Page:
Innovative Higher Education

, Volume 40, Issue 4, pp 291–303

What’s in a Name: Exposing Gender Bias in Student Ratings of Teaching

Authors

    • Department of Sociology and Anthropology
  • Adam Driscoll
    • University of Wisconsin-La Crosse
  • Andrea N. Hunt
    • University of North Alabama
Article

DOI: 10.1007/s10755-014-9313-4

Cite this article as:
MacNell, L., Driscoll, A. & Hunt, A.N. Innov High Educ (2015) 40: 291. doi:10.1007/s10755-014-9313-4

Abstract

Student ratings of teaching play a significant role in career outcomes for higher education instructors. Although instructor gender has been shown to play an important role in influencing student ratings, the extent and nature of that role remains contested. While difficult to separate gender from teaching practices in person, it is possible to disguise an instructor’s gender identity online. In our experiment, assistant instructors in an online class each operated under two different gender identities. Students rated the male identity significantly higher than the female identity, regardless of the instructor’s actual gender, demonstrating gender bias. Given the vital role that student ratings play in academic career trajectories, this finding warrants considerable attention.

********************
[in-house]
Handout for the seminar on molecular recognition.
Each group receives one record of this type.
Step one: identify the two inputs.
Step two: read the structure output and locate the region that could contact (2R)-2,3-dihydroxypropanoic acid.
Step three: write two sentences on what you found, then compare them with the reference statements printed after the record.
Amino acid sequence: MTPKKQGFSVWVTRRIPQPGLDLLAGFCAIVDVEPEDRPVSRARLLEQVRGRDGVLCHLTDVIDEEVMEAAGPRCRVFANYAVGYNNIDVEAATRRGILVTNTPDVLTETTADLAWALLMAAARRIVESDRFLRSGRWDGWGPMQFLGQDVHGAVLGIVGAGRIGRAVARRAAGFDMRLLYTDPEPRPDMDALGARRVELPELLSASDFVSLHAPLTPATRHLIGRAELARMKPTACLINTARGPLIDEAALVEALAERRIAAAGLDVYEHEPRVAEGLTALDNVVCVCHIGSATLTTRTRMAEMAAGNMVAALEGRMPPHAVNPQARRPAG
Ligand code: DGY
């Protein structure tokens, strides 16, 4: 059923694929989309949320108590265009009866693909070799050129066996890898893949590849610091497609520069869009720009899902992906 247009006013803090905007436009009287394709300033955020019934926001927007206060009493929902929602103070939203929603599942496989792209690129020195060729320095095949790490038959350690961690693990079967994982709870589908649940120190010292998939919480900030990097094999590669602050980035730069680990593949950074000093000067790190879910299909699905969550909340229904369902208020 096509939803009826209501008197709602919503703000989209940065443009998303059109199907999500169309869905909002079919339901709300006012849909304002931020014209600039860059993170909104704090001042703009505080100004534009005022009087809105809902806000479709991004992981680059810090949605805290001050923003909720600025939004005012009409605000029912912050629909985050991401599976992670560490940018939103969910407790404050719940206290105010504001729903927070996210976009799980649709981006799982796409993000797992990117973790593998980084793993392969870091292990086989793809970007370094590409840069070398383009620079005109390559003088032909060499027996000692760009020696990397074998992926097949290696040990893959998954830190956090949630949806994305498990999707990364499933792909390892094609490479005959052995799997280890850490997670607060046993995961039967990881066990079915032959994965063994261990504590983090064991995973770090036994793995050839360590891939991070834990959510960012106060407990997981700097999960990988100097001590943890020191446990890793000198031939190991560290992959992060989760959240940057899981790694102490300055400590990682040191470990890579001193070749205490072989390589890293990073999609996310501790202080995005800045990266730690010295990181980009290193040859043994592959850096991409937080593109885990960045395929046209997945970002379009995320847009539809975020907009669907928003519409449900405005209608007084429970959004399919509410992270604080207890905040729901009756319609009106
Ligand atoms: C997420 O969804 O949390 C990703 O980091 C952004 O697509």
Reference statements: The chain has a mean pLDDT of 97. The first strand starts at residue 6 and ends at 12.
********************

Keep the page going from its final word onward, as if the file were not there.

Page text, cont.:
Keywords

gender inequality gender bias student ratings of teaching student evaluations of instruction

Copyright information

© Springer Science+Business Media New York 2014